The second compartment 3. separated from the first by a salinated junction that comprises an agar-agar bridge 4 and a disk of fritted glass 5. contains a comparison electrode Ag/AgNO 0.5 M. which is not shown in the drawing. The gaseous release issuing from the cathode compartment via evacuation tube 6 is measured. and from this measurement there is deduced the rate of decomposition without polarization and for different values of the voltage applied between the two electrodes. The cathode compartment, including a copper wire 7 fixed in a sleeve of roughened glass 8. is closed by stoppers 9 and 10. The results are the following:

Table 1 Applied voltage specific decomposition rate increase 0.l45 cmVs cm -0.l volt 0.10 Cili /S cm" 38? -04 volt 0.39 cmVs cm 170% 0.5 volt 0.42 cni ls cm 190? -l volt 0.42 cm/s cm 190? The increase in the rate of decomposition is a growing function of the difference of applied potential. Besides. this phenomenon is accompanied by passage of a current in the electrolysis circuit of the order of 10 to l0 A. which is a function of the applied voltage. and by a substantial rise in the pH of the cathode compartment. These pH variations can be demonstrated by separation of the electrodes.

In practice. the use of a counter electrode which is not subject to attack (platinum, for example) in a single compartment is much more favorable to the manifestation of this effect: increase of electrolysis current, reduction of internal resistance. stability of the pH of the solution. In this case. it would be possible to follow the potential applied on the catalyst by means of a reference electrode.

The assembly, commonly called three electrode assembly" is the one used in the experiments described further on.

FIG. 2 shows a schematic section of a cell used in a three electrode assembly placed in a single compartment. Thermal equilibrium is ensured by circulation of a thermostatic liquid in a jacket 11 contiguous to the wall. Catalysis chamber 12 contains the reference electrode 13. the working electrode 14 and counter electrode 15. As before. the gases are evacuated via a tube 16. the cell is closed by a joint 17, e.g. made of Teflon. and electrode 14 is connected to a current generator by a copper wire 18.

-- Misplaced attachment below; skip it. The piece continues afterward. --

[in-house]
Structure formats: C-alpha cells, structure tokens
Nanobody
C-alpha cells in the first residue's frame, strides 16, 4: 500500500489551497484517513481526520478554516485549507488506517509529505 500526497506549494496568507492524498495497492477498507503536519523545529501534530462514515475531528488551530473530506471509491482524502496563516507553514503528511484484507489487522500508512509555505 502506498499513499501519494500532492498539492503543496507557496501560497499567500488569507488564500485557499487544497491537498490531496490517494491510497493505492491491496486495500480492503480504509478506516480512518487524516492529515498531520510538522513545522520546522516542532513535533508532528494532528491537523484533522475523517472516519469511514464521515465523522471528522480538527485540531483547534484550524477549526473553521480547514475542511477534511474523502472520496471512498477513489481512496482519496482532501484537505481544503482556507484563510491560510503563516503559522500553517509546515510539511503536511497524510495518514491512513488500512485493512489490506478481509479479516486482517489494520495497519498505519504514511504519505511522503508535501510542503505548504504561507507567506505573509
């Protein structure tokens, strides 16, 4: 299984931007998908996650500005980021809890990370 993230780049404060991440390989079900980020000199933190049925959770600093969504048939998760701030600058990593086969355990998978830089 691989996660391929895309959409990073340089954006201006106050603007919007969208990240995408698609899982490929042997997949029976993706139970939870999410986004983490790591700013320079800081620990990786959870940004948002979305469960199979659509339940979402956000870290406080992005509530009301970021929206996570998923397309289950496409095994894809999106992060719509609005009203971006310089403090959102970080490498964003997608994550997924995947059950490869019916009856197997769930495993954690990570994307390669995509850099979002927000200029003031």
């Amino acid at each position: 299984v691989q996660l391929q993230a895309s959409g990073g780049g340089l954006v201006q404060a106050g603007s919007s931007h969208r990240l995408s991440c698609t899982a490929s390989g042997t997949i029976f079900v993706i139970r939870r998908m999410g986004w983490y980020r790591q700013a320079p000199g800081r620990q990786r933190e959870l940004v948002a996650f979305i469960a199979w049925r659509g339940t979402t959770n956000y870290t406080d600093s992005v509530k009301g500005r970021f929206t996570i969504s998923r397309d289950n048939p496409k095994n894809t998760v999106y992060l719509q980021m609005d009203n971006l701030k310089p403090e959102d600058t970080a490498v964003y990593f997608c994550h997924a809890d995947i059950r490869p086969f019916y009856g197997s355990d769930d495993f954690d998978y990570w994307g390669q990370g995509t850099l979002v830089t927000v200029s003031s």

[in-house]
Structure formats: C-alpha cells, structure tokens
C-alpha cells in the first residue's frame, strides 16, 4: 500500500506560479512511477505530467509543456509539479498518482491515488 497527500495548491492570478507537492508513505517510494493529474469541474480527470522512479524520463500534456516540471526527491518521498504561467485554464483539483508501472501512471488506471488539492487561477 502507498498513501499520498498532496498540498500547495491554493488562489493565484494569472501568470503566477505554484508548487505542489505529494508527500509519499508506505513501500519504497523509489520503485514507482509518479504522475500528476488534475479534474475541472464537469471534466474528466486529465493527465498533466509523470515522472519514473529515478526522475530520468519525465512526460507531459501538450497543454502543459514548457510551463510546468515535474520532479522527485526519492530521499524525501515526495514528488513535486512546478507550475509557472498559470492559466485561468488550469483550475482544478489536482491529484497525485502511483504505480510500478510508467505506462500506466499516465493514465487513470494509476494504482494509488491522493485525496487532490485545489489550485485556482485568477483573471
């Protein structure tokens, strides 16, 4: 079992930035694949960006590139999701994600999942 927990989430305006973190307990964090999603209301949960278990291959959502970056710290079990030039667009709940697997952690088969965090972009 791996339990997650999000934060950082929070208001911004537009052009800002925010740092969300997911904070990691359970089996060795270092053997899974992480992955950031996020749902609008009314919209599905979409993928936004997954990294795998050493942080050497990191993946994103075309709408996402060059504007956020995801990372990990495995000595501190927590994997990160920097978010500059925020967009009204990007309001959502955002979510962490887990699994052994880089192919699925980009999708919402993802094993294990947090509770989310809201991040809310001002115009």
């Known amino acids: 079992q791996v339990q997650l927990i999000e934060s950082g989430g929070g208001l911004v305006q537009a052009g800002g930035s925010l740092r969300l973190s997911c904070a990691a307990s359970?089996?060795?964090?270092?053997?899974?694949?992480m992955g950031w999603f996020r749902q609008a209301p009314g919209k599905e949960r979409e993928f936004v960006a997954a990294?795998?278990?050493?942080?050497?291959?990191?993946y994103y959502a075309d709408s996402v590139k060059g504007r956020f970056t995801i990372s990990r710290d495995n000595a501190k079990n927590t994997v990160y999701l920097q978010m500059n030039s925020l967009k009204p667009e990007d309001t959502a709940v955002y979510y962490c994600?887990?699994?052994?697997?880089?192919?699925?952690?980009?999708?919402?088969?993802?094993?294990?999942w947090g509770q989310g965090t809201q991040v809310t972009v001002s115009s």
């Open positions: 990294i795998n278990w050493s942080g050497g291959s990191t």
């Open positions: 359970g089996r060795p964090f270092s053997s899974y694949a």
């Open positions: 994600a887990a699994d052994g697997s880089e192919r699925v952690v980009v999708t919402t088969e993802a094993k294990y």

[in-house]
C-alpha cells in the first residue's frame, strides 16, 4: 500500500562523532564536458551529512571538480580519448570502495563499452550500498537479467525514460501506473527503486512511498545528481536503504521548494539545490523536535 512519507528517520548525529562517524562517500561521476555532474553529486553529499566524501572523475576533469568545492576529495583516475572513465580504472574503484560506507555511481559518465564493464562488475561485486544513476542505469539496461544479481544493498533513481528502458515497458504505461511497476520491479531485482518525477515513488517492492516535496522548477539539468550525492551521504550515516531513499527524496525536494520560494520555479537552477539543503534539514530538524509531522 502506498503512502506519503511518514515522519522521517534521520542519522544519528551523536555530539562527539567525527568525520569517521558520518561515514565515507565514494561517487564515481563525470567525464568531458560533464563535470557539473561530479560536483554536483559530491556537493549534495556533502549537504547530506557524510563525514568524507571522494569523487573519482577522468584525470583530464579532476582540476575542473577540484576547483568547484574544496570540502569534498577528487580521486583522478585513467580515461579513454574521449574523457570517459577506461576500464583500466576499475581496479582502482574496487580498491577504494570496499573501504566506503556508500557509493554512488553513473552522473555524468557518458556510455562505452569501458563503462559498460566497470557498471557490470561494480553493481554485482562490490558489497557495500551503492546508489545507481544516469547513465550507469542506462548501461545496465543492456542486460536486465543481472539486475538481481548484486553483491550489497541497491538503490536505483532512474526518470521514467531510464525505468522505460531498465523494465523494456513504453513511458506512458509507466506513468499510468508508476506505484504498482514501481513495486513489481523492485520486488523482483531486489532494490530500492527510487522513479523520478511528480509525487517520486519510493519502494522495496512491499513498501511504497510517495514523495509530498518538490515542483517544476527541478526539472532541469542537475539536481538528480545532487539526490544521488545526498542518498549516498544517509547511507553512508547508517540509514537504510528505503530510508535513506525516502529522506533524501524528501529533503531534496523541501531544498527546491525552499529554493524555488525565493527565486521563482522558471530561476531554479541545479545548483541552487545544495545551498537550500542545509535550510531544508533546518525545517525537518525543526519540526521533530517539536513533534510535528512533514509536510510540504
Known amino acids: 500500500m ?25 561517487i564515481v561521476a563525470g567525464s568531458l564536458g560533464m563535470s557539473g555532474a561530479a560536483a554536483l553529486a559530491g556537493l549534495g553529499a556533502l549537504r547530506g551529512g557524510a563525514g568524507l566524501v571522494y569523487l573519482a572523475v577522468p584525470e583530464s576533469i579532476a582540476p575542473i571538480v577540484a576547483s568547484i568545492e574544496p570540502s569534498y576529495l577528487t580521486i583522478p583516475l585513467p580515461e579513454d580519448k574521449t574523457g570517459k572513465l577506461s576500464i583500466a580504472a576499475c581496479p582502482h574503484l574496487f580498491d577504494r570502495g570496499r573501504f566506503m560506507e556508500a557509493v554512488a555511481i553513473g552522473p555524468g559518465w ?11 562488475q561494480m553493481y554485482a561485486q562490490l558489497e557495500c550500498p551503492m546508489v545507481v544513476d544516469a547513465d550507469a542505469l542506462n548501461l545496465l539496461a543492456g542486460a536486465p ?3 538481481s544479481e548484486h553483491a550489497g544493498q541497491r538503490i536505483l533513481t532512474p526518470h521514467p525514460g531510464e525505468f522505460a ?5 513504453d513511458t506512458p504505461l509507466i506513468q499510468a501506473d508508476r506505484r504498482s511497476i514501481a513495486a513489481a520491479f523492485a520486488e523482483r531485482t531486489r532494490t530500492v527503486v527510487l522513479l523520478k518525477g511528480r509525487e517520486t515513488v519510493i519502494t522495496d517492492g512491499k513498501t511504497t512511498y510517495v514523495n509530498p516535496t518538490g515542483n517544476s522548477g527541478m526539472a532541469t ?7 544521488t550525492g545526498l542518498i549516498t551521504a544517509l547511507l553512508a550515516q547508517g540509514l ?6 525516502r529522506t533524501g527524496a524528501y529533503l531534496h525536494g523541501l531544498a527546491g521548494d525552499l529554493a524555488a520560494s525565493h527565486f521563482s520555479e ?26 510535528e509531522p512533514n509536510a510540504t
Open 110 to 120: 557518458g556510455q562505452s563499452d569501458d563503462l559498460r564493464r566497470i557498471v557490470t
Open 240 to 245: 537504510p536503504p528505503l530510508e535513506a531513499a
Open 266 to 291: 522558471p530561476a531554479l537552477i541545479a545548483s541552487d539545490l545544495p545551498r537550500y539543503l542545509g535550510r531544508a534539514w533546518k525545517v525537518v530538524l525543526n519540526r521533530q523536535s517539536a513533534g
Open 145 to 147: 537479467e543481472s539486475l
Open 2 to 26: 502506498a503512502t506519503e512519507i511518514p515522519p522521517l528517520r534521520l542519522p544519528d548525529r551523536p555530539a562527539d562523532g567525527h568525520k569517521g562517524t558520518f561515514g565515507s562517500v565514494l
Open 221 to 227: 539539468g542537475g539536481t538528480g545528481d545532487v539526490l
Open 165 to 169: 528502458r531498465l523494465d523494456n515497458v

The unexpected character of the effect of the polarizing on catalytic decomposition of hydrogen peroxide can be appreciated if we compare this effect to the increase in speed given by Faradays law (release of oxygen of the platinum anode). as indicated in Table 2.

Table 2 method of decomposition specific rate "Potential 0.35 \olts E,C.S.. intensit tut-t5 E CS. lomel electrode saturated with KCll This latter example shows well the increase of catalytic and electrolytic activity caused by polarization on the catalyst. and justifies the name "polarocatalytic effect" that is given to it. It is possible. with respect to this effect, to define on the one hand a Faraday yield. and on the other hand a coefficient of polarocatalysis. The latter is the ratio of decomposition at a specific voltage to the rate in absence of polarization (pure catalysis). This coefficient can reach high values. especially in a phosphate medium where the purely catalytic activity is extremely low as can be seen in Table 3.

Table 3 applied potential polarocatalytic coefficient 0.25 volt/ECS l 0.50 volt/ECS 2.5 2.25 l? 3.75 26 7.25 34 t; '7; 40

phosphate buffer pH 5 I? hydrogen peroxide Table 4 potential rate of decomposition degree of restoration volt/ECS solution A solution B solution A solution B solution A hydrogen peroxide 30'71 by weight solution B hydrogen peroxide 9854 by weight The degradation of hydrogen peroxide solutions by polarocatalysis offers a number of advantageous characteristics that can profitably be used in its applica tions. Thus, the functioning of the catalyst is not accompanied by a loss of material as is usually the case. On the other hand, the development of the rate of decomposition as a function of time may readily be eliminated by acting on the polarization of the catalyst. In particular, solutions with concentrations less than 30% can be decomposed more rapidly or more thoroughly by this process. Finally it has been observed that the lowering of activity of the catalyst in the course of its functioning could be avoided by polarizing it intermittently, the rest periods allowing spontaneous regeneration of the initial activity.

The polarocatalytic effect manifested by silver in the decomposition of hydrogen peroxide is found in certain other metals known for their catalytic properties in general. As a non limitative example, there may be mentioned platinum, for which high polarocatalytic coefficients have also been found, as indicated in Table Table 5 applied specific rate electro voltage of decomposition catalytic cocff.

o 0.004 cm /s cm 1 2.4 volts 0.033 8.25 4.4 0.067 17 5.7 (H3 32.5 6.4 (H68 42 Hydrogen peroxide solution 30% by weight, buffered to pH 6.8, platinum electrode.

Generally speaking, the decomposition of hydrogen peroxide by polarocatalysis in the conditions described above is effected with a high Faraday yield (sec for example Table l Consequently this process can be used with minimal expenditure of electric energy.